- Remain a healthy weight to avoid any additional pressure on the back.
- Try exercises that can help ease back pain – swimming, where the water supports your weight, or pregnancy yoga, is ideal.
- A sacral belt helps reduce the pain whilst walking for some women – for others it does nothing at all, or can even make the pain worse. I was advised to get a fitted support belt as the pain is likely to get worse later in pregnancy.
- Avoid wearing high heels – ideally you should wear shoes with good support that will distribute your weight evenly.
- A warm bath or hot water bottle might give you some relief – alternatively, you might find than a cold compress works better for you.
- If you’re finding you get back pain whilst in bed, you could invest in a pregnancy pillow, which allows you to sleep on your side but with your knees apart, stopping your back from twisting as you roll into the mattress.
- You might also want to try a firmer mattress, which will provide more support for you. I saw an osteopath this week and it was the best thing I could have done as she did loads of things that made my back feel a whole lot better.
- Acupuncture and massage can help, but always use a practitioner who is fully qualified in treating women during pregnancy.
- Talk to your midwife or GP about whether you could take pain killers. Some, like paracetamol, are usually safe to take in pregnancy and there’s no point suffering in silence.
- Your GP may also be able to refer you to an obstetric physiotherapist.
Can back pain be a symptom of something else?
Occasionally back pain can be an indication something else is wrong. Contact your doctor if:
- Your back pain is severe, gets progressively worse, or occurs after trauma or an accident.
- You also have a fever, vaginal bleeding, or a burning feeling when you urinate.
- You’ve lost feeling or have persistent pins and needles in either or both of your legs, or you feel dizzy and weak.
- You have persistent pins and needles in your buttocks, groin or genital area.
- You’ve lost feeling or control of your bladder or bowels, making it difficult to go to the toilet or making you incontinent.
- You have pain in your side just under your ribs, on one or both sides, particularly if you have a fever, nausea or blood in your urine – this can be a sign of a kidney infection.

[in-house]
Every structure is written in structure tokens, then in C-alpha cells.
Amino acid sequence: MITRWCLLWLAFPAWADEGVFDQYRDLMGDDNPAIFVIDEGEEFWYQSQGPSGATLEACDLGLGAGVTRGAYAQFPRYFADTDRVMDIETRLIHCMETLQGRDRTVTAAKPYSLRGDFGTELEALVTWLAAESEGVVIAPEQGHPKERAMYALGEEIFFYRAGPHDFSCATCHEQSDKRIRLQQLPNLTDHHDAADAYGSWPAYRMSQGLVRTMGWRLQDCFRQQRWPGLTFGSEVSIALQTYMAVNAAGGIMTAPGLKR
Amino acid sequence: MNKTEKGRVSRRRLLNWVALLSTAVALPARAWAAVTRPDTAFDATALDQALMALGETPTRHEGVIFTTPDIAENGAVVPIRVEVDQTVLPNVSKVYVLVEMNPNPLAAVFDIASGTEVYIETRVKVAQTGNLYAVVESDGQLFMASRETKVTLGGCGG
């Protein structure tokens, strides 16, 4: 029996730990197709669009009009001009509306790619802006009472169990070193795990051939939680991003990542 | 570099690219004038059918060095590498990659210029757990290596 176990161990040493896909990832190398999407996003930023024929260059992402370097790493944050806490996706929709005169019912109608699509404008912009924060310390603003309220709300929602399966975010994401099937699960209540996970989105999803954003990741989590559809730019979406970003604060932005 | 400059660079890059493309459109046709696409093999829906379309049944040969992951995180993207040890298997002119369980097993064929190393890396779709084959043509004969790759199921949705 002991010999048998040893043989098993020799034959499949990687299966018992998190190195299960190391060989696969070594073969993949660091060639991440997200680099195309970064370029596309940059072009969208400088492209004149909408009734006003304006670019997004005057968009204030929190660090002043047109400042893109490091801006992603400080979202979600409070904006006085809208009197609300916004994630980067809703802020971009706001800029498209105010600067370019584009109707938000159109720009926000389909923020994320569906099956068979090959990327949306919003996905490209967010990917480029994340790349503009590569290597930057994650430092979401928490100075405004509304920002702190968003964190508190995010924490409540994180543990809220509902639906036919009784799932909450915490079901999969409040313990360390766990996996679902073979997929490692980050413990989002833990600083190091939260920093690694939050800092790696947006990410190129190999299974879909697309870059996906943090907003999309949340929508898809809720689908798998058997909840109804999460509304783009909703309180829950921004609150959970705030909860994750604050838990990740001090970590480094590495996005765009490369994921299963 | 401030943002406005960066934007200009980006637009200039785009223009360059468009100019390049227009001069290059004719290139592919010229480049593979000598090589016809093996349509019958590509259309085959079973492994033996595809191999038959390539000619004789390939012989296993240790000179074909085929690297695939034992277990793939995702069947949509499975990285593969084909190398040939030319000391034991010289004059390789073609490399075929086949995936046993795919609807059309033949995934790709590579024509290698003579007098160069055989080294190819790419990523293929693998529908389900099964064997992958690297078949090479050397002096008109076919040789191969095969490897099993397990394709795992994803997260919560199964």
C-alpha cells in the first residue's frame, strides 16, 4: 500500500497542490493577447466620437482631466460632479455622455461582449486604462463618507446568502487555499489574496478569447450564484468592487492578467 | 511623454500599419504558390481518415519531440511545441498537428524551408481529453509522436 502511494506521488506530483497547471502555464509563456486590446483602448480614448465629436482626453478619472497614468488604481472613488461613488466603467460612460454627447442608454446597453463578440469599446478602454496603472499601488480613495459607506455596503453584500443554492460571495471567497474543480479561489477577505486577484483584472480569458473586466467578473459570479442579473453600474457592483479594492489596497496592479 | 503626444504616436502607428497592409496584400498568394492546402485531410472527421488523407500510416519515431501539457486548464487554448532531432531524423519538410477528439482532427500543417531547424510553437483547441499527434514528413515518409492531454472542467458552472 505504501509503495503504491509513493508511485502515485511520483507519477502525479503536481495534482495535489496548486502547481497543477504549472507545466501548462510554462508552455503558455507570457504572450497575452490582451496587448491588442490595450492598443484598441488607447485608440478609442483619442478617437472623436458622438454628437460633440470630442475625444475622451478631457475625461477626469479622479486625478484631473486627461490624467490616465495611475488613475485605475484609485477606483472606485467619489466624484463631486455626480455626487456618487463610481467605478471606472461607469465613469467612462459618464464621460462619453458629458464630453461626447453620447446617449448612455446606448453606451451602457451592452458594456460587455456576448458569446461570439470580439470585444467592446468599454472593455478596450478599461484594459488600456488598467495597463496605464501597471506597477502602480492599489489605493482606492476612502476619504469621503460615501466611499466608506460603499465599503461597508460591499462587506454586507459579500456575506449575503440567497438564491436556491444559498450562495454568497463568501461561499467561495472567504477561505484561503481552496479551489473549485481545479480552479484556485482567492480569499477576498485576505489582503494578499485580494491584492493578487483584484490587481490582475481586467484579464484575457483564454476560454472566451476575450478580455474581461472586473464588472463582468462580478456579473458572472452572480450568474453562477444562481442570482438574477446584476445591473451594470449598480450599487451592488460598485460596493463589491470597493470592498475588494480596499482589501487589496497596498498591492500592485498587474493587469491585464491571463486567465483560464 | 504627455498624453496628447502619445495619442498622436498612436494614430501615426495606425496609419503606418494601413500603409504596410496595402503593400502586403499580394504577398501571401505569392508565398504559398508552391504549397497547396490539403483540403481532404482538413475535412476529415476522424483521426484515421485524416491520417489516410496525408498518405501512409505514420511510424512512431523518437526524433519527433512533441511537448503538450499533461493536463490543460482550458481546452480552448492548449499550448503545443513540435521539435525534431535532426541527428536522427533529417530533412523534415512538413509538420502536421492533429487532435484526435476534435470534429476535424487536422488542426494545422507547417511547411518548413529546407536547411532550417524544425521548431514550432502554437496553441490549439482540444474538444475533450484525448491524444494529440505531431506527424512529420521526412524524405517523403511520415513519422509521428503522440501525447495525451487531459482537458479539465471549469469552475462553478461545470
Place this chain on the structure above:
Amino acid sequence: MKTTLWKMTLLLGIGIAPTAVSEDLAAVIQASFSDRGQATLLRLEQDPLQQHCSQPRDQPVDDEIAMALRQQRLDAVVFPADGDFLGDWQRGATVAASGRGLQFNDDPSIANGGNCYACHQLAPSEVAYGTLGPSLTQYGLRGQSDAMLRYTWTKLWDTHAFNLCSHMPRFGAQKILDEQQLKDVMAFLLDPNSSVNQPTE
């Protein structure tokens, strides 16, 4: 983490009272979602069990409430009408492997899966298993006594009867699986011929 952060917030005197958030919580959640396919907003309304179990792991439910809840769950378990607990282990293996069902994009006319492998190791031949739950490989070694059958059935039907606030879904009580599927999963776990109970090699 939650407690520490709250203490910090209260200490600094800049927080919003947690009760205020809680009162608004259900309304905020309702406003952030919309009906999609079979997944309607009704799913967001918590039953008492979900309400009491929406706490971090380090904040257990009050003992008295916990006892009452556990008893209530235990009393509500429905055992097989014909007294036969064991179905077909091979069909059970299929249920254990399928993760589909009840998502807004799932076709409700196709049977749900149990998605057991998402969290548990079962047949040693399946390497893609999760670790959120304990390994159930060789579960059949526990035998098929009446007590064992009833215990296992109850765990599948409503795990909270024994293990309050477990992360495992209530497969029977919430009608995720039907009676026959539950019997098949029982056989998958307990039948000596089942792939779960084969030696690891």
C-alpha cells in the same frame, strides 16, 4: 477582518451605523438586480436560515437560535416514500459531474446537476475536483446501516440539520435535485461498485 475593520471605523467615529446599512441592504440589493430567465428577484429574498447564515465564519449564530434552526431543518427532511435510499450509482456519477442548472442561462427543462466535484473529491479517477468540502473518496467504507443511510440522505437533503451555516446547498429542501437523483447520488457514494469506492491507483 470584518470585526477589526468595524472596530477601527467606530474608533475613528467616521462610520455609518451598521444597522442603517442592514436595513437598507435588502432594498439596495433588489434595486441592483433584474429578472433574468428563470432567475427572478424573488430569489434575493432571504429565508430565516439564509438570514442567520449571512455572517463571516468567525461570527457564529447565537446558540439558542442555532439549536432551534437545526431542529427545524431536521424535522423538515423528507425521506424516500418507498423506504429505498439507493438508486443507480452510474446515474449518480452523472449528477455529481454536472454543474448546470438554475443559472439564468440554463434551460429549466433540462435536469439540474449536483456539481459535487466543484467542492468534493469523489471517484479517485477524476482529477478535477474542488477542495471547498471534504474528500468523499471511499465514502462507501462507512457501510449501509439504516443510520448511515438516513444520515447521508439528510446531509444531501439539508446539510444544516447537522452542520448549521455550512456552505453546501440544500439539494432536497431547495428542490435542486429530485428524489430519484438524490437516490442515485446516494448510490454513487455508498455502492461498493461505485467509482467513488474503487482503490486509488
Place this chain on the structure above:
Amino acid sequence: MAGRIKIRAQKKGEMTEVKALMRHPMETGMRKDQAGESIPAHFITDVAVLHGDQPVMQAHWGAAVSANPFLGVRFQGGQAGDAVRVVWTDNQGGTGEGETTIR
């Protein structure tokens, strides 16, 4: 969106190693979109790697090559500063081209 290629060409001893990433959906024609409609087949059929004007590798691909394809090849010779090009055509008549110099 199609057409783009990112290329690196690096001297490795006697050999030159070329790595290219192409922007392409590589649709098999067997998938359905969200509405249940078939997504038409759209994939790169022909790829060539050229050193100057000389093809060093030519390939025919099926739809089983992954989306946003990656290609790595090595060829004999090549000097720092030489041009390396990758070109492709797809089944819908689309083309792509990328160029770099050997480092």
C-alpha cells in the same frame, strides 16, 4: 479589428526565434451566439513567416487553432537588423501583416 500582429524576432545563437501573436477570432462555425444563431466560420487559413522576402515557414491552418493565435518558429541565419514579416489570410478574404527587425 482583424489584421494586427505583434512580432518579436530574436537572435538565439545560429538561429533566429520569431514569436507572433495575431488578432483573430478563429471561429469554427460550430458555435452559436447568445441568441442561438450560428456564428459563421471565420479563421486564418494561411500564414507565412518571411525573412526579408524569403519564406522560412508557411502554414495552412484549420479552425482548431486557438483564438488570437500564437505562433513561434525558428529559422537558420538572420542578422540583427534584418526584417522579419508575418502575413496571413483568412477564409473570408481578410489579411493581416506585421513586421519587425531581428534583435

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When should I see a doctor?
If your pain is really bad and you’re struggling, definitely go and see your doctor. They may be able to refer you to an obstetric physiotherapist, who can help you out with exercises and techniques for making you a bit more comfortable. Similarly, if it lasts for more than two weeks, don’t suffer in silence – your GP or midwife should be able to help.
Additionally, if you have experienced back problems prior to becoming pregnant, it’s worth letting your GP know about this so they can keep an eye on you throughout pregnancy.
Will back pain affect my labour?
I don't have any surefire solutions except hot water bottles, paracetamol and sleeping with an ever more creative arrangement of pillows.
It's very unusual for back pain that has come on during pregnancy to affect the way you labour and give birth.
If you suffered with back pain, an injury, or a condition such as scoliosis prior to pregnancy, you should talk to your doctor about whether any special arrangements will need to be made for birth.
Does back pain go away after birth?
There's good and bad news here. Providing it isn’t trauma-related, your back pain should go away once your baby is out – but it can take some time. Pregnancy hormones hang around for a while, particularly if you’re breastfeeding, so everything doesn’t miraculously return to normal the day after birth.
If you already have a weakness, it’s also very easy to hurt your back picking up your baby and dealing with the buggy, cot, car seats and myriad other pieces of equipment that seem to be designed to cause you injury – just when you need it least. Try to take it easy, and if you’ve got a partner, get them to do the heavy lifting for the time being.